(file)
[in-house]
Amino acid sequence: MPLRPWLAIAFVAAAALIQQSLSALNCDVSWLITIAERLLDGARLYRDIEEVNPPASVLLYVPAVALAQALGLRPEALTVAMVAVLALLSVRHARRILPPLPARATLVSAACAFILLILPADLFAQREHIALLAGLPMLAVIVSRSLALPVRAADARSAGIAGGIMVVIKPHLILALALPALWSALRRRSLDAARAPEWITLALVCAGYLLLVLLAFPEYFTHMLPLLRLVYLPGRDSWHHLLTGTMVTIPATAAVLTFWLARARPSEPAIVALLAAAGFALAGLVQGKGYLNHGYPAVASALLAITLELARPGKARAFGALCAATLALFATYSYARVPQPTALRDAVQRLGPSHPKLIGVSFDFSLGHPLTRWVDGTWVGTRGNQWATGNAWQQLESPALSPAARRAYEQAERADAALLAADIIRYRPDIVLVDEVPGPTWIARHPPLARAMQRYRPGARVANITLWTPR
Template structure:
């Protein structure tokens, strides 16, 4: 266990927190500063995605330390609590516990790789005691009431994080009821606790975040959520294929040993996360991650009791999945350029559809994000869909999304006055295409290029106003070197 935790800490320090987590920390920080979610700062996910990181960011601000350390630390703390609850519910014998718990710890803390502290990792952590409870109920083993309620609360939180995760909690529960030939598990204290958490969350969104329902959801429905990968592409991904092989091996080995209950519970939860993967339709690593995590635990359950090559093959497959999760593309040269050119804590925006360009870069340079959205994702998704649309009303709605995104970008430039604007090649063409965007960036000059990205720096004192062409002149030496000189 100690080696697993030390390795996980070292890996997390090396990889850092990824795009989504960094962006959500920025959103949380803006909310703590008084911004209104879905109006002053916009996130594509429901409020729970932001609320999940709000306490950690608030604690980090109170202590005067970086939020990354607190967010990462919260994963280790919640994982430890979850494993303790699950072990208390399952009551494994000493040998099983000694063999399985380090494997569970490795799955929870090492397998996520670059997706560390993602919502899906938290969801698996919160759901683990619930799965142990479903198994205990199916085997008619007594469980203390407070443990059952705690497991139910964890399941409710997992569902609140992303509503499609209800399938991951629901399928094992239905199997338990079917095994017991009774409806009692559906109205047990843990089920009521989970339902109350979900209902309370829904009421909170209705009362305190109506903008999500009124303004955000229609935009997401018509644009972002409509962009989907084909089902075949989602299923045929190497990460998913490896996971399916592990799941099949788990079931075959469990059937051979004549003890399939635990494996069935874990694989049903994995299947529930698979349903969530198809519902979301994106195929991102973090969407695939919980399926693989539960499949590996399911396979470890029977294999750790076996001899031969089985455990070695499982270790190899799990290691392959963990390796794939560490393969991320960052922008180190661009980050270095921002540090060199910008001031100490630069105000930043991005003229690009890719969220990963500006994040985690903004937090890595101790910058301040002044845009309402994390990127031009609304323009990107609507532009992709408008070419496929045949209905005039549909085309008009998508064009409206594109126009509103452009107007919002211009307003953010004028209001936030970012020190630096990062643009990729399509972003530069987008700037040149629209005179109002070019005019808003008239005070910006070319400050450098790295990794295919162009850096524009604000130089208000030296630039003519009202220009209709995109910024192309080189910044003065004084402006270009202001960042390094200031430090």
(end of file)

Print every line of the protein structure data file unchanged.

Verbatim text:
[in-house]
Amino acid sequence: MPLRPWLAIAFVAAAALIQQSLSALNCDVSWLITIAERLLDGARLYRDIEEVNPPASVLLYVPAVALAQALGLRPEALTVAMVAVLALLSVRHARRILPPLPARATLVSAACAFILLILPADLFAQREHIALLAGLPMLAVIVSRSLALPVRAADARSAGIAGGIMVVIKPHLILALALPALWSALRRRSLDAARAPEWITLALVCAGYLLLVLLAFPEYFTHMLPLLRLVYLPGRDSWHHLLTGTMVTIPATAAVLTFWLARARPSEPAIVALLAAAGFALAGLVQGKGYLNHGYPAVASALLAITLELARPGKARAFGALCAATLALFATYSYARVPQPTALRDAVQRLGPSHPKLIGVSFDFSLGHPLTRWVDGTWVGTRGNQWATGNAWQQLESPALSPAARRAYEQAERADAALLAADIIRYRPDIVLVDEVPGPTWIARHPPLARAMQRYRPGARVANITLWTPR
Template structure:
């Protein structure tokens, strides 16, 4: 266990927190500063995605330390609590516990790789005691009431994080009821606790975040959520294929040993996360991650009791999945350029559809994000869909999304006055295409290029106003070197 935790800490320090987590920390920080979610700062996910990181960011601000350390630390703390609850519910014998718990710890803390502290990792952590409870109920083993309620609360939180995760909690529960030939598990204290958490969350969104329902959801429905990968592409991904092989091996080995209950519970939860993967339709690593995590635990359950090559093959497959999760593309040269050119804590925006360009870069340079959205994702998704649309009303709605995104970008430039604007090649063409965007960036000059990205720096004192062409002149030496000189 100690080696697993030390390795996980070292890996997390090396990889850092990824795009989504960094962006959500920025959103949380803006909310703590008084911004209104879905109006002053916009996130594509429901409020729970932001609320999940709000306490950690608030604690980090109170202590005067970086939020990354607190967010990462919260994963280790919640994982430890979850494993303790699950072990208390399952009551494994000493040998099983000694063999399985380090494997569970490795799955929870090492397998996520670059997706560390993602919502899906938290969801698996919160759901683990619930799965142990479903198994205990199916085997008619007594469980203390407070443990059952705690497991139910964890399941409710997992569902609140992303509503499609209800399938991951629901399928094992239905199997338990079917095994017991009774409806009692559906109205047990843990089920009521989970339902109350979900209902309370829904009421909170209705009362305190109506903008999500009124303004955000229609935009997401018509644009972002409509962009989907084909089902075949989602299923045929190497990460998913490896996971399916592990799941099949788990079931075959469990059937051979004549003890399939635990494996069935874990694989049903994995299947529930698979349903969530198809519902979301994106195929991102973090969407695939919980399926693989539960499949590996399911396979470890029977294999750790076996001899031969089985455990070695499982270790190899799990290691392959963990390796794939560490393969991320960052922008180190661009980050270095921002540090060199910008001031100490630069105000930043991005003229690009890719969220990963500006994040985690903004937090890595101790910058301040002044845009309402994390990127031009609304323009990107609507532009992709408008070419496929045949209905005039549909085309008009998508064009409206594109126009509103452009107007919002211009307003953010004028209001936030970012020190630096990062643009990729399509972003530069987008700037040149629209005179109002070019005019808003008239005070910006070319400050450098790295990794295919162009850096524009604000130089208000030296630039003519009202220009209709995109910024192309080189910044003065004084402006270009202001960042390094200031430090």